Gold price steadied on Wednesday after striking a 5-month low in the previous session, with investors awaiting more U.S. data to see whether a reduction in the Federal Reserve's monetary stimulus is likely this month, which would reduce gold's attraction as a hedge against inflation.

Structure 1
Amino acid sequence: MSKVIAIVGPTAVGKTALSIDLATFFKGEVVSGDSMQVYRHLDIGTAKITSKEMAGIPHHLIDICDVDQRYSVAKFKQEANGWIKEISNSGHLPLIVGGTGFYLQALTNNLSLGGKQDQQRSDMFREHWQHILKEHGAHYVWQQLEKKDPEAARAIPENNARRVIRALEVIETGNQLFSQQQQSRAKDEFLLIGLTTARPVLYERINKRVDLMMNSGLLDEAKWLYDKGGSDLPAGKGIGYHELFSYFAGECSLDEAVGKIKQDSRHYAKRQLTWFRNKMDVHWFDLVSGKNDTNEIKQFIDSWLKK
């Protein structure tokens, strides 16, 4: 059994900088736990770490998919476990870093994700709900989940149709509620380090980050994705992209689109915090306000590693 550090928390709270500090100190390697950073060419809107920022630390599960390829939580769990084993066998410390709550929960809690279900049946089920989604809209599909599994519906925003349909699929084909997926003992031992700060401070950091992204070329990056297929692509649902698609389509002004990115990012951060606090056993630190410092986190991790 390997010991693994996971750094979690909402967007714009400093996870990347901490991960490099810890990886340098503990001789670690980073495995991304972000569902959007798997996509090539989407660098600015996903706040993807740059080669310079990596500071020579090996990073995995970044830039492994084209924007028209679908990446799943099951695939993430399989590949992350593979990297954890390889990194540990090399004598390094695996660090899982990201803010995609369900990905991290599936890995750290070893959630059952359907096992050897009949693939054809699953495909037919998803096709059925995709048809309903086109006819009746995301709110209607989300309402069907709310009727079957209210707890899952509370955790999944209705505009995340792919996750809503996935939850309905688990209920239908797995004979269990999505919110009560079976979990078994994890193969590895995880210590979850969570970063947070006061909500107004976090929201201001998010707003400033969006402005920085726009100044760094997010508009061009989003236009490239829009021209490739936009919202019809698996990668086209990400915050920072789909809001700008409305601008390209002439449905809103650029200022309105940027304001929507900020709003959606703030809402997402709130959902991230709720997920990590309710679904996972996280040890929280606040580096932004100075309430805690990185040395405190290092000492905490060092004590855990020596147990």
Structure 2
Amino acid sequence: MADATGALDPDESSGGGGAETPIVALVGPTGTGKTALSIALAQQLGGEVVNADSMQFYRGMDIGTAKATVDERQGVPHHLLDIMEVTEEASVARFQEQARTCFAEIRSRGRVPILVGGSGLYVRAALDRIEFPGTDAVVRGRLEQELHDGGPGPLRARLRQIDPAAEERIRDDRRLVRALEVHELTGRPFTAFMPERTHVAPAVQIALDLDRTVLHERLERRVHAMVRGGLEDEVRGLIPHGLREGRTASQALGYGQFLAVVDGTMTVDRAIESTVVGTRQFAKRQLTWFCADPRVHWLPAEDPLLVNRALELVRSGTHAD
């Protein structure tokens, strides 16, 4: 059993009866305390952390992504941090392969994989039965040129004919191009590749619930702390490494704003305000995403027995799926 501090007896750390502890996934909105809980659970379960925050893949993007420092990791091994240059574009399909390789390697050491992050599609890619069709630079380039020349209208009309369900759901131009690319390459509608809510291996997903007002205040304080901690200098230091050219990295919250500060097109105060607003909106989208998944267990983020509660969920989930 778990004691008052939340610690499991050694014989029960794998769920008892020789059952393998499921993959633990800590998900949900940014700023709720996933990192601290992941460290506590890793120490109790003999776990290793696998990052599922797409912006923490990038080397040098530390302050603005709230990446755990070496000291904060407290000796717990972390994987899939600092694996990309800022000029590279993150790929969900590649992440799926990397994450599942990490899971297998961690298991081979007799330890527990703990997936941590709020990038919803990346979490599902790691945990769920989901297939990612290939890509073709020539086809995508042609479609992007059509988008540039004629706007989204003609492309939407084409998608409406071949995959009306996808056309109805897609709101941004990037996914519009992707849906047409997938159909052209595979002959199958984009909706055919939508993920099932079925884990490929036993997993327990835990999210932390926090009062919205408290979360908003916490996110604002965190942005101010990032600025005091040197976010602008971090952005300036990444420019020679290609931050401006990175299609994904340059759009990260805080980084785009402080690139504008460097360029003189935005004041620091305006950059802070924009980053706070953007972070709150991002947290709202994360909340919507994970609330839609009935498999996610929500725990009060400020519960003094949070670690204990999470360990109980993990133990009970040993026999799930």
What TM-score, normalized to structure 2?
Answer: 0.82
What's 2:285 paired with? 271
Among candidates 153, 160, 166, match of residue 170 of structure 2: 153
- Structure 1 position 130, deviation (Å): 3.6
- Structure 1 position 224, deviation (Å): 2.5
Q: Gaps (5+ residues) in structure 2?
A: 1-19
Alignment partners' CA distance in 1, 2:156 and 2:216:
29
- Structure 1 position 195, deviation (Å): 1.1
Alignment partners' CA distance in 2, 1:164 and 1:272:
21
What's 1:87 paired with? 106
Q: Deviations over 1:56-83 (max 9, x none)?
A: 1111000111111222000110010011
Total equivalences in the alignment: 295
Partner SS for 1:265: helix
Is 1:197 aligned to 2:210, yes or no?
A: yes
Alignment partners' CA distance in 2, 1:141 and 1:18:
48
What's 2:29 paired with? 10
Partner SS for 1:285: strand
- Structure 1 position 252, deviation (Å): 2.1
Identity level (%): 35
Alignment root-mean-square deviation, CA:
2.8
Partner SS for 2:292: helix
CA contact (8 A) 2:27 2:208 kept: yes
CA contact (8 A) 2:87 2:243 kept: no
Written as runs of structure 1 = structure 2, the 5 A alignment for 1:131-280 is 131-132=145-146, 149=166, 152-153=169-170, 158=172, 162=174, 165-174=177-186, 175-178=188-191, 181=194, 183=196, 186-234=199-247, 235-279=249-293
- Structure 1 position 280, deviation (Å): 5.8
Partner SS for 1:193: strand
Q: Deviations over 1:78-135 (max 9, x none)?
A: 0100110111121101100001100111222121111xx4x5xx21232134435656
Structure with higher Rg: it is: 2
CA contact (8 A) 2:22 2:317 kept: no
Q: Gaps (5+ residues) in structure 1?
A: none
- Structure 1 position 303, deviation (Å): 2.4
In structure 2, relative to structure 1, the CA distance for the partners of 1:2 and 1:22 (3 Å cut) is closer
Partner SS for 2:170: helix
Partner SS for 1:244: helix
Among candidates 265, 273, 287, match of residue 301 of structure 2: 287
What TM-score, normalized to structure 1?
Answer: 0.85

Spot gold had eased 0.2 percent to $1,221.64 an ounce by 0325 GMT. It traded in a narrow range on Tuesday slipping to $1,215.60 fresh lows since early July despite weakness in equities and the U.S. dollar. Analysts say prices are set to decline further, most likely below $1,200 an ounce as there are no supporting factors."The failure to go any higher than $1,226 per ounce (in the previous session) despite a weaker dollar is yet another sign of weakness," said Joyce Liu, investment analyst at Phillip Futures Pte Ltd."Prices are likely to continue trading in a tight range below $1,226. There is a lack of support at least until $1,195." Strong U.S. manufacturing data sent the metal down sharply earlier this week as markets believe a recovering economy would prompt the Fed to slow down the pace of its $85 billion in monthly bond purchases. Data on U.S. GDP and nonfarm payrolls is expected later this week and should provide clues about the stimulus outlook just ahead of the Fed's next policy meeting in Dec. 17-18.The Fed's money-printing for bond purchases has [played a key role in pushing gold prices higher over the last few years as they burnish the metal's appeal as an inflation hedge.However, a recovering U.S. economy has prompted talk of an end to the stimulus measures and shifting of investor money to equities from the safe-haven gold. Holdings in SPDR Gold Trust, the world's largest gold-backed exchange-traded fund, fell 1.80 tonnes on Tuesday to 841.41 tonnes - their lowest since early 2009.A record outflow from the fund this year of 460 tonnes has helped fuel a 27 percent decline in gold prices since the start of the year.Physical buying, which tends to provide a floor to prices, has failed to pick up in a big way in recent weeks as most consumers had bought a lot more than necessary during earlier price drops this year.